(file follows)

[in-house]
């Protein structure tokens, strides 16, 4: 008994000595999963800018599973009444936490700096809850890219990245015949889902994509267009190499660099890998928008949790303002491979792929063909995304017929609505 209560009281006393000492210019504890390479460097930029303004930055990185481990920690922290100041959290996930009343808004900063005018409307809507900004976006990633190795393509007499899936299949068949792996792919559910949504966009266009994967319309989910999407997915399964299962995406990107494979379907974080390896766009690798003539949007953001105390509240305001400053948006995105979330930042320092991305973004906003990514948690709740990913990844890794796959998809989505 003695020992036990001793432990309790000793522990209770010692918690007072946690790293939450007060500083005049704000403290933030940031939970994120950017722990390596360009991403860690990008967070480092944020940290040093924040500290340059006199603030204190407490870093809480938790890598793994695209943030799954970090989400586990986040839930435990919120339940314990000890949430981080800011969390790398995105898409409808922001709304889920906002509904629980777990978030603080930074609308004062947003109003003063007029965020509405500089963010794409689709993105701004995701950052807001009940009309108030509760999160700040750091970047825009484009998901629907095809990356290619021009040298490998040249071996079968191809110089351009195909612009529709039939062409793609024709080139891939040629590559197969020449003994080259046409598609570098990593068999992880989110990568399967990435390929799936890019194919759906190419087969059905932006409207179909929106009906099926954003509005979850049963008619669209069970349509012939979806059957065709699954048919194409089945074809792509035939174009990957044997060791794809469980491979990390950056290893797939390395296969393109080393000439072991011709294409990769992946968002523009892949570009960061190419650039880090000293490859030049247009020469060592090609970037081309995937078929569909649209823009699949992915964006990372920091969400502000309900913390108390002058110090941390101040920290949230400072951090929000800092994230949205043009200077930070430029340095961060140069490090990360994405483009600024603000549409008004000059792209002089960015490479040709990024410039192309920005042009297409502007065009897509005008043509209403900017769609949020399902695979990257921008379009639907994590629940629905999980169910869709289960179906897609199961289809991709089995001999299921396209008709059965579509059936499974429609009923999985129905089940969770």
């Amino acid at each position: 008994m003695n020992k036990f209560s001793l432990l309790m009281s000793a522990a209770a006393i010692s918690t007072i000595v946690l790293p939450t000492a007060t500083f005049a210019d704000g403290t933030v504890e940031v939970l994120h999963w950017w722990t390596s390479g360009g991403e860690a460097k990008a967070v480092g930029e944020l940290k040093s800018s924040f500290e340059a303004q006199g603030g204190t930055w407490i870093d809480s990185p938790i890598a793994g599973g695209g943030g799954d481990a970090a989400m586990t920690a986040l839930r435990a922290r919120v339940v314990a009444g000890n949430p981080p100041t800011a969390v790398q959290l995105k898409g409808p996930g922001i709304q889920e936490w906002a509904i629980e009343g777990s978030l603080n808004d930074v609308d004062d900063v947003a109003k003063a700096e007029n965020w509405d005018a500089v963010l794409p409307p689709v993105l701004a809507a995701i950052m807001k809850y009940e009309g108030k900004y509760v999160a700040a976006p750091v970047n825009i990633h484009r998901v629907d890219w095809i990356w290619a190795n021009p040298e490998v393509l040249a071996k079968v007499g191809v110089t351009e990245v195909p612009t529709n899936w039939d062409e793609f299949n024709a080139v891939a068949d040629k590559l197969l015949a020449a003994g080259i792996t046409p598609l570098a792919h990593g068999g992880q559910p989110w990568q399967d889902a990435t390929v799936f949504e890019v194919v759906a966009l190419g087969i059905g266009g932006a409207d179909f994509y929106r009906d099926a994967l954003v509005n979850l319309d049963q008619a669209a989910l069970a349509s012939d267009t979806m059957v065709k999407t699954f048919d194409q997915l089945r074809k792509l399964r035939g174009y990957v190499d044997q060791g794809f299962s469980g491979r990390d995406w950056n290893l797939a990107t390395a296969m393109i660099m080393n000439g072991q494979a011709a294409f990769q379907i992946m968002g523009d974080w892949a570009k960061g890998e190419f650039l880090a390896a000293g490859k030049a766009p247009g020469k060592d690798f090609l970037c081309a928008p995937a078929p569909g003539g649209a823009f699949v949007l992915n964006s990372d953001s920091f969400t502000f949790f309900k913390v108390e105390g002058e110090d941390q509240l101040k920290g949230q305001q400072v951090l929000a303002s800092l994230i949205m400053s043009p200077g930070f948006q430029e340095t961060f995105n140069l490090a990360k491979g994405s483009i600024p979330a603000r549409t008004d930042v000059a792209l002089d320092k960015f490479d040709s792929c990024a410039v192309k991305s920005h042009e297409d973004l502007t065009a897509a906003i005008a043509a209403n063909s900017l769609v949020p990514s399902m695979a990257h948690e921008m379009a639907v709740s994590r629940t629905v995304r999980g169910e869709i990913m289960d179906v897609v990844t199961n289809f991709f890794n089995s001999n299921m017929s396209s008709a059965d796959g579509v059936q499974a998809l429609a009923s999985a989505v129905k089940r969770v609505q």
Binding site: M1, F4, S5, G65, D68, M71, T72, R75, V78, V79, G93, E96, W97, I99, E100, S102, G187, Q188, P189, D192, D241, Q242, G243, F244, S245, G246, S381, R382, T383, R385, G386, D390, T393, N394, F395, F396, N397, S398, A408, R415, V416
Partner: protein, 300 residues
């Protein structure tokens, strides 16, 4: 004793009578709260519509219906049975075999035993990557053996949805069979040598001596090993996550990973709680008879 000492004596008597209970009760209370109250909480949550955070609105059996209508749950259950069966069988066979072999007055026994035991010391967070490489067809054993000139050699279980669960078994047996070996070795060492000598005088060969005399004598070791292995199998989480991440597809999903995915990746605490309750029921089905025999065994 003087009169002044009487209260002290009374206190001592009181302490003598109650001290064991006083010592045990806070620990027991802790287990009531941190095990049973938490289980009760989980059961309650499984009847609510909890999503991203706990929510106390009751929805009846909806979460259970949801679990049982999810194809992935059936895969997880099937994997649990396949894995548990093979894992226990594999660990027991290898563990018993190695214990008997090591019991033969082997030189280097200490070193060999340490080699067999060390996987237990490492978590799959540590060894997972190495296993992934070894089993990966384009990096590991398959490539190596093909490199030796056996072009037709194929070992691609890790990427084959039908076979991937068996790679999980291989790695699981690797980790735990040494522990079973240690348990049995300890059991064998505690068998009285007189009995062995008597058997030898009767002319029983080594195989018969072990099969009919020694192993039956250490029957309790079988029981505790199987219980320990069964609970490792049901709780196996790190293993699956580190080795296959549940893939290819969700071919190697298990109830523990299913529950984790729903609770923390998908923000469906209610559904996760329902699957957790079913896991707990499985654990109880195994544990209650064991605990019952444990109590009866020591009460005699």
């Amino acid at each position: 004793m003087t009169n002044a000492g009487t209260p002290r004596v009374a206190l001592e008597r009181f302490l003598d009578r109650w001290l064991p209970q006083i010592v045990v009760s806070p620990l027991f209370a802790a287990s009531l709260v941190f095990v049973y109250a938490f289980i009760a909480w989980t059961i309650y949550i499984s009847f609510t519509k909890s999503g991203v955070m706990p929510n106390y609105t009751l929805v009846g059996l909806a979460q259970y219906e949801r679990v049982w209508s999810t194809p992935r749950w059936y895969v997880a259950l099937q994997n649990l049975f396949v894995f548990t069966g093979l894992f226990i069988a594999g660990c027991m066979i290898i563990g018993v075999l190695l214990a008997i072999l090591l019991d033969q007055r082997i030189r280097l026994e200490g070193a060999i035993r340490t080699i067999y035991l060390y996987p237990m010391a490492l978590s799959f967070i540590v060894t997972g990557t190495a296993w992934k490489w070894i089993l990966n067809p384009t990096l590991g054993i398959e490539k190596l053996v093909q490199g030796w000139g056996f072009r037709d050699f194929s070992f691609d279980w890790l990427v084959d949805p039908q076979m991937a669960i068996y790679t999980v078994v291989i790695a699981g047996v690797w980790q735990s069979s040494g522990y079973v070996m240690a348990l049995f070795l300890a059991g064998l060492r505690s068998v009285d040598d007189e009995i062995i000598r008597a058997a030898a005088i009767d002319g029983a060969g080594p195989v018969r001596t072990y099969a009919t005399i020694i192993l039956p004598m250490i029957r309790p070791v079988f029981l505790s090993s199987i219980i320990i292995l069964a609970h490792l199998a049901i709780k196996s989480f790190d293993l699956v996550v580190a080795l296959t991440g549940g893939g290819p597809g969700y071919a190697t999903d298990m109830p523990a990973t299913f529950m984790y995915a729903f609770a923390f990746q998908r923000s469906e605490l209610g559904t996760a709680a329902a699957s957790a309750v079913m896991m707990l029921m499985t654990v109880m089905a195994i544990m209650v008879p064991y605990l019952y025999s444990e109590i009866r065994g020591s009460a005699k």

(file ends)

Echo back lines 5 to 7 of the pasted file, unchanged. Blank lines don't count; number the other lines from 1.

Partner: protein, 300 residues
């Protein structure tokens, strides 16, 4: 004793009578709260519509219906049975075999035993990557053996949805069979040598001596090993996550990973709680008879 000492004596008597209970009760209370109250909480949550955070609105059996209508749950259950069966069988066979072999007055026994035991010391967070490489067809054993000139050699279980669960078994047996070996070795060492000598005088060969005399004598070791292995199998989480991440597809999903995915990746605490309750029921089905025999065994 003087009169002044009487209260002290009374206190001592009181302490003598109650001290064991006083010592045990806070620990027991802790287990009531941190095990049973938490289980009760989980059961309650499984009847609510909890999503991203706990929510106390009751929805009846909806979460259970949801679990049982999810194809992935059936895969997880099937994997649990396949894995548990093979894992226990594999660990027991290898563990018993190695214990008997090591019991033969082997030189280097200490070193060999340490080699067999060390996987237990490492978590799959540590060894997972190495296993992934070894089993990966384009990096590991398959490539190596093909490199030796056996072009037709194929070992691609890790990427084959039908076979991937068996790679999980291989790695699981690797980790735990040494522990079973240690348990049995300890059991064998505690068998009285007189009995062995008597058997030898009767002319029983080594195989018969072990099969009919020694192993039956250490029957309790079988029981505790199987219980320990069964609970490792049901709780196996790190293993699956580190080795296959549940893939290819969700071919190697298990109830523990299913529950984790729903609770923390998908923000469906209610559904996760329902699957957790079913896991707990499985654990109880195994544990209650064991605990019952444990109590009866020591009460005699």
């Amino acid at each position: 004793m003087t009169n002044a000492g009487t209260p002290r004596v009374a206190l001592e008597r009181f302490l003598d009578r109650w001290l064991p209970q006083i010592v045990v009760s806070p620990l027991f209370a802790a287990s009531l709260v941190f095990v049973y109250a938490f289980i009760a909480w989980t059961i309650y949550i499984s009847f609510t519509k909890s999503g991203v955070m706990p929510n106390y609105t009751l929805v009846g059996l909806a979460q259970y219906e949801r679990v049982w209508s999810t194809p992935r749950w059936y895969v997880a259950l099937q994997n649990l049975f396949v894995f548990t069966g093979l894992f226990i069988a594999g660990c027991m066979i290898i563990g018993v075999l190695l214990a008997i072999l090591l019991d033969q007055r082997i030189r280097l026994e200490g070193a060999i035993r340490t080699i067999y035991l060390y996987p237990m010391a490492l978590s799959f967070i540590v060894t997972g990557t190495a296993w992934k490489w070894i089993l990966n067809p384009t990096l590991g054993i398959e490539k190596l053996v093909q490199g030796w000139g056996f072009r037709d050699f194929s070992f691609d279980w890790l990427v084959d949805p039908q076979m991937a669960i068996y790679t999980v078994v291989i790695a699981g047996v690797w980790q735990s069979s040494g522990y079973v070996m240690a348990l049995f070795l300890a059991g064998l060492r505690s068998v009285d040598d007189e009995i062995i000598r008597a058997a030898a005088i009767d002319g029983a060969g080594p195989v018969r001596t072990y099969a009919t005399i020694i192993l039956p004598m250490i029957r309790p070791v079988f029981l505790s090993s199987i219980i320990i292995l069964a609970h490792l199998a049901i709780k196996s989480f790190d293993l699956v996550v580190a080795l296959t991440g549940g893939g290819p597809g969700y071919a190697t999903d298990m109830p523990a990973t299913f529950m984790y995915a729903f609770a923390f990746q998908r923000s469906e605490l209610g559904t996760a709680a329902a699957s957790a309750v079913m896991m707990l029921m499985t654990v109880m089905a195994i544990m209650v008879p064991y605990l019952y025999s444990e109590i009866r065994g020591s009460a005699k």